A new study led by American Cancer Society (ACS) researchers shows less than one-in-five eligible individuals in the United States were up-to-date (UTD) with recommended lung cancer screening (LCS). The screening uptake was much lower in persons without health insurance or usual source of care and in Southern states with the highest lung cancer burden. The findings are published June 10 in JAMA (Journal of the American Medical Association) Internal Medicine.

“Although lung cancer screening rates continue to be considerably low, this research does show an improvement over screening rates reported for previous years,” said Dr. Priti Bandi, scientific director, cancer risk factors and screening surveillance research at the American Cancer Society. “But we clearly, still have a long way to go. We must push harder to move the needle in the right direction.”

The United States Preventive Services Task Force (USPSTF) and the ACS recommend annual LCS with low-dose computed tomography in eligible high-risk individuals for early detection of the disease. High risk individuals according to the USPSTF are 50–80 years old, with a 20 pack-year or greater smoking history and currently smoking or quit less than 15 years ago.

For the study, researchers analyzed data from the 2022 Behavioral Risk Factor Surveillance System, a cross-sectional, population-based, nationwide state-representative survey. Self-reported UTD-LCS (defined as past-year) prevalence according to the 2021 USPSTF eligibility criteria was studied in respondents 50-79 years of age. Adjusted prevalence ratios (aPR) and 95% confidence intervals compared differences.

Study results showed among 25,958 sample respondents eligible for LCS, 61.5% reported currently smoking, 54.4% were male, 64.4% were ages 60 years of age or older, 78.4% were White persons, and 53% had a high-school education or less. UTD-LCS prevalence was 18.1% overall, but varied 3-fold across states (range, 31% to 9.7%) with relatively lower levels in Southern states characterized by a high lung cancer mortality burden. UTD-LCS prevalence increased with age (50-54 years old: 6.7% vs. 70-79 years old: 27.1%) and number of comorbidities (≥3: 24.6% vs. none: 8.7%). Just 1 in 20 persons without insurance or a usual source of care were UTD with LCS, but state-level Medicaid expansions (aPR: 2.68, 95% CI, 1.30, 5.53) and higher screening capacity levels (high vs. low, aPR: 1.93, 95% CI: 1.36, 2.75) were associated with a higher UTD-LCS prevalence.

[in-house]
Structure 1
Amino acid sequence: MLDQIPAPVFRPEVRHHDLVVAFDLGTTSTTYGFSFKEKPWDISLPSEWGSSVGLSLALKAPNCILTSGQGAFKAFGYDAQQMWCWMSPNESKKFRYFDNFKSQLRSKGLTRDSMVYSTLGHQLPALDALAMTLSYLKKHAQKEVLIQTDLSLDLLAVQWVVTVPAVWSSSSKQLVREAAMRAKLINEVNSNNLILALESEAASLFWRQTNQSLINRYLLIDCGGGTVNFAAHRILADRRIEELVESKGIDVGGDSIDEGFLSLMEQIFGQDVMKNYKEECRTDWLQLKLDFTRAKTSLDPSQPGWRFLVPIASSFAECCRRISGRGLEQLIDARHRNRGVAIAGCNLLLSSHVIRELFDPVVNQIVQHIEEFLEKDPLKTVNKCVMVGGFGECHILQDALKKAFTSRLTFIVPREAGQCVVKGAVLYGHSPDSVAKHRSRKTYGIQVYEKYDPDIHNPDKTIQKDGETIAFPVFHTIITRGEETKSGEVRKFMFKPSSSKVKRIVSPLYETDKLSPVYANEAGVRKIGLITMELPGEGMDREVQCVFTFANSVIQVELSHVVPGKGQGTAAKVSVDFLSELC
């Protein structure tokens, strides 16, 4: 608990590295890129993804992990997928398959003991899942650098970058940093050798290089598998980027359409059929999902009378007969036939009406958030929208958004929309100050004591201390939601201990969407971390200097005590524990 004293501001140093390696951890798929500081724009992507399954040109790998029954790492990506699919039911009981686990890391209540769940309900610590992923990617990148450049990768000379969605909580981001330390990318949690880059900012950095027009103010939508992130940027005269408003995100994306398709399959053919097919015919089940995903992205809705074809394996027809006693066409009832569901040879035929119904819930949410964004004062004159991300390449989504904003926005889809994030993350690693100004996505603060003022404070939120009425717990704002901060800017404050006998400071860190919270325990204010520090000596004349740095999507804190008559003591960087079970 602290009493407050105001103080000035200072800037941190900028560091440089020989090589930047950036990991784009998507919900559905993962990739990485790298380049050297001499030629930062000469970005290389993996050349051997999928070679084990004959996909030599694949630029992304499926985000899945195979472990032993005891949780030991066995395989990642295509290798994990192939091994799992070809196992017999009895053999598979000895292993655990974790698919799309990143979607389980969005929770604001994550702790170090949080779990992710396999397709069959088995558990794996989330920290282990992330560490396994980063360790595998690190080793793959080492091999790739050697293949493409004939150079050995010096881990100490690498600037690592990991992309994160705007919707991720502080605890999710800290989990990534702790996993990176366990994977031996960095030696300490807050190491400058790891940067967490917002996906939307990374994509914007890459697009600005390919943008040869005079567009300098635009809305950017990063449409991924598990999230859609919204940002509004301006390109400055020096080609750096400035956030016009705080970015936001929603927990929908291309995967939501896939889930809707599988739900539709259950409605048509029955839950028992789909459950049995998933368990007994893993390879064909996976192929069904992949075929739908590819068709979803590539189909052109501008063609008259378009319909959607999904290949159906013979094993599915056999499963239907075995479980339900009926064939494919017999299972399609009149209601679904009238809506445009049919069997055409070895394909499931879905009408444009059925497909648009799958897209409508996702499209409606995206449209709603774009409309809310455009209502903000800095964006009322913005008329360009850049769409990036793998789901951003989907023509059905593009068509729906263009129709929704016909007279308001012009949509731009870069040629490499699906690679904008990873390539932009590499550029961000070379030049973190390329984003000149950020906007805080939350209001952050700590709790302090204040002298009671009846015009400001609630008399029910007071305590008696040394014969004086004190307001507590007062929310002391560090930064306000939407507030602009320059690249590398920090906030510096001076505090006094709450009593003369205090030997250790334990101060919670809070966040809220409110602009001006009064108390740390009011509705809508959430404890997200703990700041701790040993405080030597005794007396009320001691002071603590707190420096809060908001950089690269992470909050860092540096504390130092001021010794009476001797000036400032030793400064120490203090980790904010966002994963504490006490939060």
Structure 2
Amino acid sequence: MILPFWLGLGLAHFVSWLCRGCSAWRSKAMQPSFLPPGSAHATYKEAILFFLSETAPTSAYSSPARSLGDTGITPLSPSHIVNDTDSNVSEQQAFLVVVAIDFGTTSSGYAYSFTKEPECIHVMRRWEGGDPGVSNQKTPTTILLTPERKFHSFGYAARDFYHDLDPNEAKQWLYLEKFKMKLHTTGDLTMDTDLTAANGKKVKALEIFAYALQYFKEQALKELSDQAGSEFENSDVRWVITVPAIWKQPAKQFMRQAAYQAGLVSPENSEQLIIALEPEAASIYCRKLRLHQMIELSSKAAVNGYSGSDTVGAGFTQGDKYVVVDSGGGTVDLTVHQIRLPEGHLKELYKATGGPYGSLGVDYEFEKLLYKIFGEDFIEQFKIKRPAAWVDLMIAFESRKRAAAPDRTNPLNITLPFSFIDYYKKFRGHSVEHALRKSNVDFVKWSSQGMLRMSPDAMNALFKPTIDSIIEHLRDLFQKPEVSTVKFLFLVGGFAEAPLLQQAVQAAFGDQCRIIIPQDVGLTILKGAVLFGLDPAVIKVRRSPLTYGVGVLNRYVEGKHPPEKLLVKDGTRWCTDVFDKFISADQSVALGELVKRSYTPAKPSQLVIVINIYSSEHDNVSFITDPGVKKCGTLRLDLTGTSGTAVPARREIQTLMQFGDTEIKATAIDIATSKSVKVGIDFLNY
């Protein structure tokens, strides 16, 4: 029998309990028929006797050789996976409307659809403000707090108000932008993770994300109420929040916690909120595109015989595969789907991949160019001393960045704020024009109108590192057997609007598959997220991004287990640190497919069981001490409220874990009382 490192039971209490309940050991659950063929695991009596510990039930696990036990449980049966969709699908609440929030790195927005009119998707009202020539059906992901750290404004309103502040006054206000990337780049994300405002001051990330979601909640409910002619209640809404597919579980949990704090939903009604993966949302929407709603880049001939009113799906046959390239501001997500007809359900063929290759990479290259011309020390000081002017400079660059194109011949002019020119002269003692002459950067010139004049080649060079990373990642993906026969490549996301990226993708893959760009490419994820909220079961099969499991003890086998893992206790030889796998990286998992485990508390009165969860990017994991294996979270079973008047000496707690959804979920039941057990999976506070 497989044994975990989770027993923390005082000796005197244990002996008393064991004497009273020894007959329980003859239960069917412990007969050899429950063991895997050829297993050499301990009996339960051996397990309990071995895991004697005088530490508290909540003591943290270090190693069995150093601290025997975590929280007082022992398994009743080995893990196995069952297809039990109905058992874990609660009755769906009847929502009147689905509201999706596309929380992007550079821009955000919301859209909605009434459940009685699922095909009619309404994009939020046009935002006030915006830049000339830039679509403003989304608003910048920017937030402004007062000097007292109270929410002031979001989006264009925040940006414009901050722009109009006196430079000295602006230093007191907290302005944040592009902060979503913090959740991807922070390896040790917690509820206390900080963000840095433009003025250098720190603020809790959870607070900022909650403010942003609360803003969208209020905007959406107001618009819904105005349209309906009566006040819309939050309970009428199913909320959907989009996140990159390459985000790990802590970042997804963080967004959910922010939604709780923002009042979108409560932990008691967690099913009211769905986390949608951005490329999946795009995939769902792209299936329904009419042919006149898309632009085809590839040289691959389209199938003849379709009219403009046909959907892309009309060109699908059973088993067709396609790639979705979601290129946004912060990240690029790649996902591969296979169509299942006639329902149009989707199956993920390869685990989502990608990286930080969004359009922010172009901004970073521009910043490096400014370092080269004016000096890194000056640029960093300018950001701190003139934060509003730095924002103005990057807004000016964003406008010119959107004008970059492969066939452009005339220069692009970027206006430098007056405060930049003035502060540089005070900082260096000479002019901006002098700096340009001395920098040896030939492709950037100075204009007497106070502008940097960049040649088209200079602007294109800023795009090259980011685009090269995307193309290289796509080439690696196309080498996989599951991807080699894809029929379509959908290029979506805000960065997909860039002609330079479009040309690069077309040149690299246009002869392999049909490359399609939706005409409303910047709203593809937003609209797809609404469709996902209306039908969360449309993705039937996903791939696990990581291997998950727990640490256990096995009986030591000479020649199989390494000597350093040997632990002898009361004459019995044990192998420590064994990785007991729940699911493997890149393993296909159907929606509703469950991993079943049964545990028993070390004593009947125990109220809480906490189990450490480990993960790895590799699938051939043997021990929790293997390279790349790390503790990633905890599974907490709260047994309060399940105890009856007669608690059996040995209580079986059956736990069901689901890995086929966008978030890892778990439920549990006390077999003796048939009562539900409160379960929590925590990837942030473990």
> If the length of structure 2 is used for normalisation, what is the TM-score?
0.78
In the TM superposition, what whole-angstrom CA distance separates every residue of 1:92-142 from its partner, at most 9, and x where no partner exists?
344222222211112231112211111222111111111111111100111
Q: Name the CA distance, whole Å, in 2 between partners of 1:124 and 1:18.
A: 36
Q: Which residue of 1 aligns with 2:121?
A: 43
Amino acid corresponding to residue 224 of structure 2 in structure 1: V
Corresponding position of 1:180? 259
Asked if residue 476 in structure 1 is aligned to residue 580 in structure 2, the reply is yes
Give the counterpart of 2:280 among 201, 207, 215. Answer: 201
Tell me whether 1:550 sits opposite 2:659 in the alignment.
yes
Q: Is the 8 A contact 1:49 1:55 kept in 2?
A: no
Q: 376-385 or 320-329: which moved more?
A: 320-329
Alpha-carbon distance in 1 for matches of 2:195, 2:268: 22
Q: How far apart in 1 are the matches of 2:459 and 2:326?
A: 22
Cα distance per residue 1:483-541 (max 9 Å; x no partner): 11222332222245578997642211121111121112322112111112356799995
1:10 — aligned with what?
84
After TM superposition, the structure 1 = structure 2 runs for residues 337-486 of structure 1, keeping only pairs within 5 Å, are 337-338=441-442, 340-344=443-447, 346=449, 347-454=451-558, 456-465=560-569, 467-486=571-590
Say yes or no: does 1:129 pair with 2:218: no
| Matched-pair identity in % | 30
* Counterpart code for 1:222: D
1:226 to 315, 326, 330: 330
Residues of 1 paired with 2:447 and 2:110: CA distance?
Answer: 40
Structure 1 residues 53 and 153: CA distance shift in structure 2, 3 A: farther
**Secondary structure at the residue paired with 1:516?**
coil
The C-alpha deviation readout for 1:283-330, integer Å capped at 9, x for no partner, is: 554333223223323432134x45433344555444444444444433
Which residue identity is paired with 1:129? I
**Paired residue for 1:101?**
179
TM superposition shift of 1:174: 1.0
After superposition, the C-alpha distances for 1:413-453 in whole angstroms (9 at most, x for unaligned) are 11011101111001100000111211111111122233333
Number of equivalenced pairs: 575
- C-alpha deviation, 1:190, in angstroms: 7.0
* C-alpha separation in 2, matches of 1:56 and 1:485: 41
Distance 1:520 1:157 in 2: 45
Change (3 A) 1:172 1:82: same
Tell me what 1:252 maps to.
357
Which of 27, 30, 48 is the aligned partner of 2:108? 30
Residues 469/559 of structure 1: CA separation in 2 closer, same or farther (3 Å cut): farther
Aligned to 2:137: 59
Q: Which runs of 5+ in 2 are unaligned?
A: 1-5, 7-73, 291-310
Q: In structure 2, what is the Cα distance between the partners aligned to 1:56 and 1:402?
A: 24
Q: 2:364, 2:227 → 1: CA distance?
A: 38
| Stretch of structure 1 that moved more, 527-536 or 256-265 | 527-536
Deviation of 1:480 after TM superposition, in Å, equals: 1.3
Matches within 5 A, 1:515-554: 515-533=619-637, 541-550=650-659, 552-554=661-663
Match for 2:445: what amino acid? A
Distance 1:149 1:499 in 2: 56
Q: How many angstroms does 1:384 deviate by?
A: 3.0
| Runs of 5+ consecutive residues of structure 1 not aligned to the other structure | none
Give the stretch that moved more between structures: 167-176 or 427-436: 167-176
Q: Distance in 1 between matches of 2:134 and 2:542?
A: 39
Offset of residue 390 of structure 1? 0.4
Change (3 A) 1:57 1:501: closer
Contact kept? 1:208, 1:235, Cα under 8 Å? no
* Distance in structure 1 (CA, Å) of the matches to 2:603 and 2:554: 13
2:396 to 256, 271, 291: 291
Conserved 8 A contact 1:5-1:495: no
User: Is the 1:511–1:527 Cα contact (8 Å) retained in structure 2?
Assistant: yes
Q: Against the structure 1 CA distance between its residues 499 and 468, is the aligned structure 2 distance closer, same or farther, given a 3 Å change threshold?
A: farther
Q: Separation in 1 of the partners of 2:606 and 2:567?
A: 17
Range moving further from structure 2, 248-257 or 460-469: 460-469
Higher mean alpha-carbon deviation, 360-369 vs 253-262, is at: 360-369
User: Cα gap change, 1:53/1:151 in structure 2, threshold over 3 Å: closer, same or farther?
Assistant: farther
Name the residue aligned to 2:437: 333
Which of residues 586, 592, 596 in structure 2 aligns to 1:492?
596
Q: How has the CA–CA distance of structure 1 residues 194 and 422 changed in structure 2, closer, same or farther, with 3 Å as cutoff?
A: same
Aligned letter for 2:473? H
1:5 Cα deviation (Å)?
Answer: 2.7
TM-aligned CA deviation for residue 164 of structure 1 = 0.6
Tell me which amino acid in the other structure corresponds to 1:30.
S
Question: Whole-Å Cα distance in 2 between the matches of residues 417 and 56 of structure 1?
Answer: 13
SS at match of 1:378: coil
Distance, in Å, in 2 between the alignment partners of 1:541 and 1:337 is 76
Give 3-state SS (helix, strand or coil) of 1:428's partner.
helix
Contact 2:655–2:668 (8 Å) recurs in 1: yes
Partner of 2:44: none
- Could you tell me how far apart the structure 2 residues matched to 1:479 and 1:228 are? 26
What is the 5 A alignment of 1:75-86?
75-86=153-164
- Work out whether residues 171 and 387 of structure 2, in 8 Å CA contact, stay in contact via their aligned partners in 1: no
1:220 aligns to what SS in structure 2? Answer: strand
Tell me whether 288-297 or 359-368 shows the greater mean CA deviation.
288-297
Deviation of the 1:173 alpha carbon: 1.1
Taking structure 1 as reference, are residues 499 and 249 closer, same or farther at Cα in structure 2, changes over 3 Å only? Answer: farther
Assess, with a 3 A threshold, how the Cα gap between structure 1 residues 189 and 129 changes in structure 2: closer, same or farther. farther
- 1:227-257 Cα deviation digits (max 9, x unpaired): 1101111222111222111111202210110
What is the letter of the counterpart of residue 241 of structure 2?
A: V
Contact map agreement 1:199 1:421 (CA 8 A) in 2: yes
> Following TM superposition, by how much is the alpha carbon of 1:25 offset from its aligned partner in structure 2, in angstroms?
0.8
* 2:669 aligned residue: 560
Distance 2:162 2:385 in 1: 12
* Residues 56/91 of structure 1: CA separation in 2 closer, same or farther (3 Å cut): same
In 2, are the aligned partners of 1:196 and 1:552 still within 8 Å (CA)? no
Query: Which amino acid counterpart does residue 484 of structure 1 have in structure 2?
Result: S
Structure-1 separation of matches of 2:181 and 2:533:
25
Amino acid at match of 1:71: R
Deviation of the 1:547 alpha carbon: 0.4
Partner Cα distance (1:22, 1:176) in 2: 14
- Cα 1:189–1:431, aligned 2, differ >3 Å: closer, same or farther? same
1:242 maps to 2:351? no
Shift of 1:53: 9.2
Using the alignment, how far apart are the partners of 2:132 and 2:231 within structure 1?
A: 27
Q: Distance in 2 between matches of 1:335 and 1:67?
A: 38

“Early detection with LCS is critical because lung cancer symptoms often don’t appear in the early stages, but when diagnosed and treated early, survival is markedly improved,” added Bandi. “National and state-based initiatives to expand access to healthcare and screening facilities are needed to continue to improve, prevention, early detection and treatment for lung cancer to help save lives.”

The American Cancer Society’s advocacy affiliate, the American Cancer Society Cancer Action Network (ACS CAN), continues to work at all levels of government to advocate for access to lung cancer screenings.

“This research further amplifies the critical need for reducing all barriers to access to care to ensure people are able to immediately utilize preventive and early detection screenings at no cost,” said Lisa Lacasse, president of the ACS CAN. “Expanding Medicaid in the 10 states that have yet to do so would significantly improve access to these lifesaving screenings and decrease lung cancer deaths, as well as eliminating patient costs for screening and follow-up tests by all payers, bringing us closer to ending cancer as we know it, for everyone.”

Other ACS researchers contributing to the study include Jessica Star, Tyler Kratzer and Dr. Robert Smith. Dr. Ahmedin Jemal is senior author of the research.

For more information on lung cancer screening, read here.

For information on tobacco cessation, read here.

This press release was originally published June 10, 2024 by the American Cancer Society. It is republished with permission.